A U.S. Marine wanted by the military for abandoning his unit, who fatally shot himself after sneaking across the border into Canada, had served two terms in Iraq, officials said Saturday.
Timothy Scott, 22, turned a gun on himself Thursday at his mother's home near Bridgewater, Nova Scotia, said the Royal Canadian Mounted Police.
A statement released by the Marine Corps Base Camp Lejeune in North Carolina on Saturday said Scott had been deployed to Iraq for eight months in 2007 and for seven months in 2008.
The Marine rifleman, who was assigned to headquarters and the support battalion at Camp Lejeune, had joined the Marine Corps in 2005, said the statement.
Police said Scott, who left his unit sometime around Feb. 10, entered into Canada from Woodstock, New Brunswick, on Feb. 11. He arrived at his mother's home the next day, where he initially threatened her before turning the gun on himself, said RCMP Staff Sgt. Mark Furey.
The Marine Corps. statement said Scott lived in Alexandria, Virginia, close to where Furey said his parents owned another home in Norfolk, Virginia.
Furey said the handgun the soldier used on himself was reported stolen from the Norfolk home.
Cpl. Melissa McCoy at Camp Lejeune said he had been listed as leaving the unit in what the military deems an "unauthorized absence," meaning he had been away from the base for less than 30 days. After that, he would be considered a deserter.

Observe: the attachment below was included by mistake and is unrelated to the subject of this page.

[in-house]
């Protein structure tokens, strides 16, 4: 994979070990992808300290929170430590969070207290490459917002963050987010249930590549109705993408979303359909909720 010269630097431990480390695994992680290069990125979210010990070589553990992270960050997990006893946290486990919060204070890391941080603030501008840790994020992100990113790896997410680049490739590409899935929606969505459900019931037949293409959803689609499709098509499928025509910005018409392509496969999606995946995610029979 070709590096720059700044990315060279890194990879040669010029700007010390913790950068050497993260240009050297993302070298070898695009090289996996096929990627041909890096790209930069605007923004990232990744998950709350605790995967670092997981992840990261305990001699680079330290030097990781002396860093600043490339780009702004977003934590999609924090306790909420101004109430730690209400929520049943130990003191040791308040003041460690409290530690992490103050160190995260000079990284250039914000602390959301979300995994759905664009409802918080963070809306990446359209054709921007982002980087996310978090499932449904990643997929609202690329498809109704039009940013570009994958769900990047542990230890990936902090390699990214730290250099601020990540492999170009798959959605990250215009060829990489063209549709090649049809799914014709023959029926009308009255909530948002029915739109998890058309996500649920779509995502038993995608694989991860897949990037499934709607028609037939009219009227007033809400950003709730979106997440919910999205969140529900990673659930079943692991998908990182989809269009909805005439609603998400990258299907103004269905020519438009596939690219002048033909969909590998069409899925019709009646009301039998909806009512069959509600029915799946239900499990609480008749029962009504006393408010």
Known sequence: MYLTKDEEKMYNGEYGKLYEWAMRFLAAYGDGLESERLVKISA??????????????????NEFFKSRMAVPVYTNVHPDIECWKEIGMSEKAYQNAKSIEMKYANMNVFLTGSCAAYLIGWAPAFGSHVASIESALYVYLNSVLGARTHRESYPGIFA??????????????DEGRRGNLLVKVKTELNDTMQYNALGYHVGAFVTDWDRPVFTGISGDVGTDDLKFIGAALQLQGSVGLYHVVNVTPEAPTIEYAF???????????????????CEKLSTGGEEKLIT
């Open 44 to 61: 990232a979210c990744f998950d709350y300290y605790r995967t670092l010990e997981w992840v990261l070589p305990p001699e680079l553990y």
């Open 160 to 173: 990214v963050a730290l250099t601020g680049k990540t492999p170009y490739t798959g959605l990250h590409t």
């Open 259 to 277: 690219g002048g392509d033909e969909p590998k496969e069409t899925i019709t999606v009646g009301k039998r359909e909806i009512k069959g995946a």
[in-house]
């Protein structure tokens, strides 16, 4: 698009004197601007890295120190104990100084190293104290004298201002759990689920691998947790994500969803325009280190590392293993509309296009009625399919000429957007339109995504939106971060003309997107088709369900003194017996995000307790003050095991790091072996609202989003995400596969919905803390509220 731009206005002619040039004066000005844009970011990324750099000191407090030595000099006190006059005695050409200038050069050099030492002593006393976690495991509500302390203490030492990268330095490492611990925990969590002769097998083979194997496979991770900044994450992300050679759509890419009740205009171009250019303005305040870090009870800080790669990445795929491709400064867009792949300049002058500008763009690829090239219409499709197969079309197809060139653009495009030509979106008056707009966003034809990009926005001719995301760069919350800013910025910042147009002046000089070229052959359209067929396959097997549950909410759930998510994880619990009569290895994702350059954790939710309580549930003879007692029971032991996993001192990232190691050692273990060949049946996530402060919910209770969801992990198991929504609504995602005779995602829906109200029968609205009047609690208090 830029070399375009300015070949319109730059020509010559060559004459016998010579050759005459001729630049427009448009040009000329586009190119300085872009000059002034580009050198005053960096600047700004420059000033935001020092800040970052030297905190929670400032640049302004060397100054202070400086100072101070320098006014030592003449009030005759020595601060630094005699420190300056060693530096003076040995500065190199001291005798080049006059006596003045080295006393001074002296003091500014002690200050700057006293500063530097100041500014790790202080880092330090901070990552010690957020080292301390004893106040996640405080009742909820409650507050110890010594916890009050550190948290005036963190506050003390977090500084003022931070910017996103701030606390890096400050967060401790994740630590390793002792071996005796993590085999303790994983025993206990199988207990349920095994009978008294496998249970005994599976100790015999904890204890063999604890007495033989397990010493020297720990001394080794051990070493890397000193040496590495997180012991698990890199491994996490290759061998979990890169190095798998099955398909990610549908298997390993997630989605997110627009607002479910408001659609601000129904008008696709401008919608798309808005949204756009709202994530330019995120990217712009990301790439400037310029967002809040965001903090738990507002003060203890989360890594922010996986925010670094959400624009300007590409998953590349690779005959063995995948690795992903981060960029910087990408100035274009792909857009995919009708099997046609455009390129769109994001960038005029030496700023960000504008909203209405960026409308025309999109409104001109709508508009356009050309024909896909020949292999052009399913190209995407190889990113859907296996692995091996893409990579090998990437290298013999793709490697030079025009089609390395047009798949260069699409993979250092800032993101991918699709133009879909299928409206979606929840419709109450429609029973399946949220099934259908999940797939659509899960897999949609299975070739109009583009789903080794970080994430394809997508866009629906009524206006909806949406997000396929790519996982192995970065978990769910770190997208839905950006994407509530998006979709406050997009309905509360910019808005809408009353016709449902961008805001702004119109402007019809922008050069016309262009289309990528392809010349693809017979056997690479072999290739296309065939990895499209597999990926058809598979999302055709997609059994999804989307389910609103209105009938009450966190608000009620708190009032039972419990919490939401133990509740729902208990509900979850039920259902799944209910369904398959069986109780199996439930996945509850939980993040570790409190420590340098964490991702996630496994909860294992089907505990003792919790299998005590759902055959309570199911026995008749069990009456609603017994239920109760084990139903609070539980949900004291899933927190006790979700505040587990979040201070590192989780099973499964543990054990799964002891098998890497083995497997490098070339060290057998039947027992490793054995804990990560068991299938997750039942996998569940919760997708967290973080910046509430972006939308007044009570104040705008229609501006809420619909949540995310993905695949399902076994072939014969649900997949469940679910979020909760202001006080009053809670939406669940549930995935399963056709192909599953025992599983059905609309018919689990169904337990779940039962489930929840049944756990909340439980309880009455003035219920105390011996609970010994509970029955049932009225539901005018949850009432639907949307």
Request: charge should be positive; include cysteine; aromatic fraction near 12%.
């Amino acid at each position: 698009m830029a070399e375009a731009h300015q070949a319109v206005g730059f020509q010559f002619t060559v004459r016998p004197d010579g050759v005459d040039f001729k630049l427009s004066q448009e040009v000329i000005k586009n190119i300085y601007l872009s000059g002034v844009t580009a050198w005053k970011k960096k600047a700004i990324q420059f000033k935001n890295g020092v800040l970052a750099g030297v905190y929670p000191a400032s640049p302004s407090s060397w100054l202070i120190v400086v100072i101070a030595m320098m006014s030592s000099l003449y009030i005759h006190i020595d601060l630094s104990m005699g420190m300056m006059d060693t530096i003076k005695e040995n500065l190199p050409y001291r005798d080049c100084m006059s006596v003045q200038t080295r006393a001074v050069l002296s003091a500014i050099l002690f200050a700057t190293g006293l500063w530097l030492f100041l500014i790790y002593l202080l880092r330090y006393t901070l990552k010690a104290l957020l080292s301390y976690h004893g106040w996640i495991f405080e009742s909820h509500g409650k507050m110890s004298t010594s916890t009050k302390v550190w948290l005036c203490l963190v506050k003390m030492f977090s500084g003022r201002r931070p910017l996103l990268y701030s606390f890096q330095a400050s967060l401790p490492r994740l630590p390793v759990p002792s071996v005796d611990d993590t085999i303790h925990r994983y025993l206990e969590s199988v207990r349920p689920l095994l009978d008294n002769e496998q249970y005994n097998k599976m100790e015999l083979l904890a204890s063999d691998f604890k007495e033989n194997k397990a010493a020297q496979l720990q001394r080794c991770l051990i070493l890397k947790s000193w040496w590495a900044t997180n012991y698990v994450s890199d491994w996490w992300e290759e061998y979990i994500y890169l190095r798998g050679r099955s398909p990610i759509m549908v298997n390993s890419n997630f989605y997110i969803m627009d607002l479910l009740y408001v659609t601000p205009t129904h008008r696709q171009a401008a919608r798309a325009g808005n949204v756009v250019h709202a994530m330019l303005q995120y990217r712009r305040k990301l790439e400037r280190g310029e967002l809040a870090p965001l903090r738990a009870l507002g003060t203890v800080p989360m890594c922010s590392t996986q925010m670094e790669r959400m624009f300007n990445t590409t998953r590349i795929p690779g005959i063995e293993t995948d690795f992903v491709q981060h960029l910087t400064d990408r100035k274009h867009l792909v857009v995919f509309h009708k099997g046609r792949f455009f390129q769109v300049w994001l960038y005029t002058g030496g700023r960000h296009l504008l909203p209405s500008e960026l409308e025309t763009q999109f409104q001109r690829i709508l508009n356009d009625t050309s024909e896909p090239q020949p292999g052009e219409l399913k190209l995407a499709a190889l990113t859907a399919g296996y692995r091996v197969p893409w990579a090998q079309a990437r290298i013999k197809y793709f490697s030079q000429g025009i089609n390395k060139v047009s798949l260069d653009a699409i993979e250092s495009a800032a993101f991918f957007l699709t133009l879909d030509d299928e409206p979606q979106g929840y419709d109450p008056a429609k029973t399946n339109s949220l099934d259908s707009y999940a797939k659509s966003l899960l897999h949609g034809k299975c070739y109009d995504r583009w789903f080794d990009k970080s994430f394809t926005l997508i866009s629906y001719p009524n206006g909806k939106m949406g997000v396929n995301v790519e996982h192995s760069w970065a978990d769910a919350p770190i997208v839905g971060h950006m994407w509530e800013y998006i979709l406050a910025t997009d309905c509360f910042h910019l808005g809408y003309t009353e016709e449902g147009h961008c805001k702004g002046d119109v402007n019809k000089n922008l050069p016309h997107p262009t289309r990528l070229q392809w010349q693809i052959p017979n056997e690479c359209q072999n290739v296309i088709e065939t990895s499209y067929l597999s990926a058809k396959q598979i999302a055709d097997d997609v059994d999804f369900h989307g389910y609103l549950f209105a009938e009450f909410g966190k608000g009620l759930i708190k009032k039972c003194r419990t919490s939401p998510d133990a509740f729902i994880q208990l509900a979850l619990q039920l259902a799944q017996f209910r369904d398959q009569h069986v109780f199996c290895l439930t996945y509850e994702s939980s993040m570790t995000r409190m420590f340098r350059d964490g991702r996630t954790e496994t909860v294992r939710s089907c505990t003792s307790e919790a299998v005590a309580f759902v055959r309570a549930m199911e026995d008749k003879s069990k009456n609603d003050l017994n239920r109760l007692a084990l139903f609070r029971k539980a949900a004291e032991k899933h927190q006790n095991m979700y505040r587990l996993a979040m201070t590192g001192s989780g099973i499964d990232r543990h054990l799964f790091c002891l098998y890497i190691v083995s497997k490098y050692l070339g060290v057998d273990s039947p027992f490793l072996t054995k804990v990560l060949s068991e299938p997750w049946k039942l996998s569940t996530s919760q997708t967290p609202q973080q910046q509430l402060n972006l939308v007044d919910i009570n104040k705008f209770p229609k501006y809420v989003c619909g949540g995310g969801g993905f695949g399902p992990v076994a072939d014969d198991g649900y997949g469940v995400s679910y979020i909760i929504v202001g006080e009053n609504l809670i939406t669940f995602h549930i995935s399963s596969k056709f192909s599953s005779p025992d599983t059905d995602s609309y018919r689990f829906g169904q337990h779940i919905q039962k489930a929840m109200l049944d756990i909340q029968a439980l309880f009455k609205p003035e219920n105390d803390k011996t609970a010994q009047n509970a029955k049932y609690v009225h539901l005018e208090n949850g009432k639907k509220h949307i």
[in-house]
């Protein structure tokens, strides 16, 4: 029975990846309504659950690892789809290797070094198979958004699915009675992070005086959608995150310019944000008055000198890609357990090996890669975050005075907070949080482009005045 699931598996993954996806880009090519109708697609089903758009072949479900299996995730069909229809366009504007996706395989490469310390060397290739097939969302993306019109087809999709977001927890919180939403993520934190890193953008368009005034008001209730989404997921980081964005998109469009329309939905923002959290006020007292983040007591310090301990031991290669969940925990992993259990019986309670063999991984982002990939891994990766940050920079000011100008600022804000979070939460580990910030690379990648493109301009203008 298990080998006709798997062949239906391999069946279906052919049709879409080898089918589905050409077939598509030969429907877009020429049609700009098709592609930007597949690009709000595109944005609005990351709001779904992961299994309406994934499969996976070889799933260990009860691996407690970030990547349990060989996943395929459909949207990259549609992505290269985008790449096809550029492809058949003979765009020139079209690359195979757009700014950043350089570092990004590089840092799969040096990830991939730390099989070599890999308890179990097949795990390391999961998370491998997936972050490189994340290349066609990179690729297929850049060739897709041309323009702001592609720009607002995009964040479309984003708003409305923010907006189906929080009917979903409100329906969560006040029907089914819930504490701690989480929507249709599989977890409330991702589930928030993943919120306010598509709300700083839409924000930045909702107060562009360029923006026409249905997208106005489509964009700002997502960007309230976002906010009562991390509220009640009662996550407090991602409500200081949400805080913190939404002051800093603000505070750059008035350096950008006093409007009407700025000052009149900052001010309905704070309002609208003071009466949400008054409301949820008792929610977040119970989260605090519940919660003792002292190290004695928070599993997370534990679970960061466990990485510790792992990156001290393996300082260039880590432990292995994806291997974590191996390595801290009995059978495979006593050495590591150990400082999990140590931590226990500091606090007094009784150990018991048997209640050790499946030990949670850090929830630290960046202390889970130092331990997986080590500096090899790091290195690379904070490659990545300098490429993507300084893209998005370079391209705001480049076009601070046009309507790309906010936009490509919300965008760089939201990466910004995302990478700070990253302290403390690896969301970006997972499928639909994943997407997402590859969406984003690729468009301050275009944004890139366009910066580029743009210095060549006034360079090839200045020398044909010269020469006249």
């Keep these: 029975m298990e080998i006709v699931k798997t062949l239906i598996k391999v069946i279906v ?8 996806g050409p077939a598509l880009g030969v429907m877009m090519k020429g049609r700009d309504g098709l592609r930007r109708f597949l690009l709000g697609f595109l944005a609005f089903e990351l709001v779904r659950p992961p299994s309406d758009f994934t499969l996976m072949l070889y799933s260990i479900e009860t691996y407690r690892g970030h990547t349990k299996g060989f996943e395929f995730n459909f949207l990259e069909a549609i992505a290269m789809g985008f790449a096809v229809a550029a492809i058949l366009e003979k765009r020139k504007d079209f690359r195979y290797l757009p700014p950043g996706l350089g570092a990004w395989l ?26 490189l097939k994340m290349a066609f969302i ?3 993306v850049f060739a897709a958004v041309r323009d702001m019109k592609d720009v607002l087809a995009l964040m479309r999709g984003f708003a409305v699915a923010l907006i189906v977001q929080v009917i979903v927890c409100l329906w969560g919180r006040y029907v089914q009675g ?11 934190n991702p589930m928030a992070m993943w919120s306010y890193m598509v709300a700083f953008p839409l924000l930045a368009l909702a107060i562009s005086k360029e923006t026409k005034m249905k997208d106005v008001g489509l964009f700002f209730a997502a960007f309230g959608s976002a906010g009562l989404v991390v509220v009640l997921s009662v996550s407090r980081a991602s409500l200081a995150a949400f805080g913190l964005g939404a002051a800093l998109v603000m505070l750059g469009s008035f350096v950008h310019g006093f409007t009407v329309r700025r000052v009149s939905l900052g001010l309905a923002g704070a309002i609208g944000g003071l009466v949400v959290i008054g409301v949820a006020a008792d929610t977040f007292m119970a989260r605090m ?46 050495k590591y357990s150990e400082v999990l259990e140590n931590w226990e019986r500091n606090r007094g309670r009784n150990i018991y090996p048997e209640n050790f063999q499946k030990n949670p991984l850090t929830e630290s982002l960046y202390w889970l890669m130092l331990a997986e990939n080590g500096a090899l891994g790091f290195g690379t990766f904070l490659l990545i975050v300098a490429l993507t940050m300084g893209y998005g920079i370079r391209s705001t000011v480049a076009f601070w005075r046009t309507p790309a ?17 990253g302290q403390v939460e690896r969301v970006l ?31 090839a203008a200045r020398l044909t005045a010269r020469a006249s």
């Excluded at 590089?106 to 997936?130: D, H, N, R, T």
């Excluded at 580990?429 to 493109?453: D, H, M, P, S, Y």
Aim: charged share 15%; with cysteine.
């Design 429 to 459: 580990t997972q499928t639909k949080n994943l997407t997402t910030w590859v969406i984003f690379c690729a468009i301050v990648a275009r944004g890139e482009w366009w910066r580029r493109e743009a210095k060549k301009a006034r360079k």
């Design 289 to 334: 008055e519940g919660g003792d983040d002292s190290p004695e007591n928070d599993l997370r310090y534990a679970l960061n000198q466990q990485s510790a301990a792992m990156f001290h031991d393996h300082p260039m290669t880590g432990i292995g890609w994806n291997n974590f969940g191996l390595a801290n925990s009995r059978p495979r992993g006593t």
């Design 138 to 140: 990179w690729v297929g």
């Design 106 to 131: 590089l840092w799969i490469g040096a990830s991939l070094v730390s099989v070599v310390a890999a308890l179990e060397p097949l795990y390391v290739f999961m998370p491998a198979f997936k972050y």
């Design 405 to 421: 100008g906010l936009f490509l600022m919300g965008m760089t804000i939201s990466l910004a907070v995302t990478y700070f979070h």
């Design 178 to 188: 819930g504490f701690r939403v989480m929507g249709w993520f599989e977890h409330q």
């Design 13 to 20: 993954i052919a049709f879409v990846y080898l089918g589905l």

Scott's death represents a larger trend of rising rates of suicides within the U.S. Army as the strained military wages war in Iraq and Afghanistan. The Army had its highest rate of suicide on record in 2008 and is investigating a spike in the number in January.
The U.S. Military Academy at West Point in upstate New York recently addressed the growing rate of suicides after a four cadets took their own lives earlier this month. In the last seven months, two cadets, a faculty member and a staff member at the academy have taken their own lives at the school.
Top Veterans Affairs Committee Sens. Daniel Akaka and Richard Burr have asked Defense Secretary Robert Gates and Veterans Affairs Secretary Eric K. Shinseki to convene a joint oversight committee meeting to address military suicides.
How can a man who served two tours in a war, and has had enough, be a deserter?
How can the desire to leave the military and lead a new life be against the law?
How can we turn our backs on people whose pain is this great?
How can we live with a government that won't listen to the people?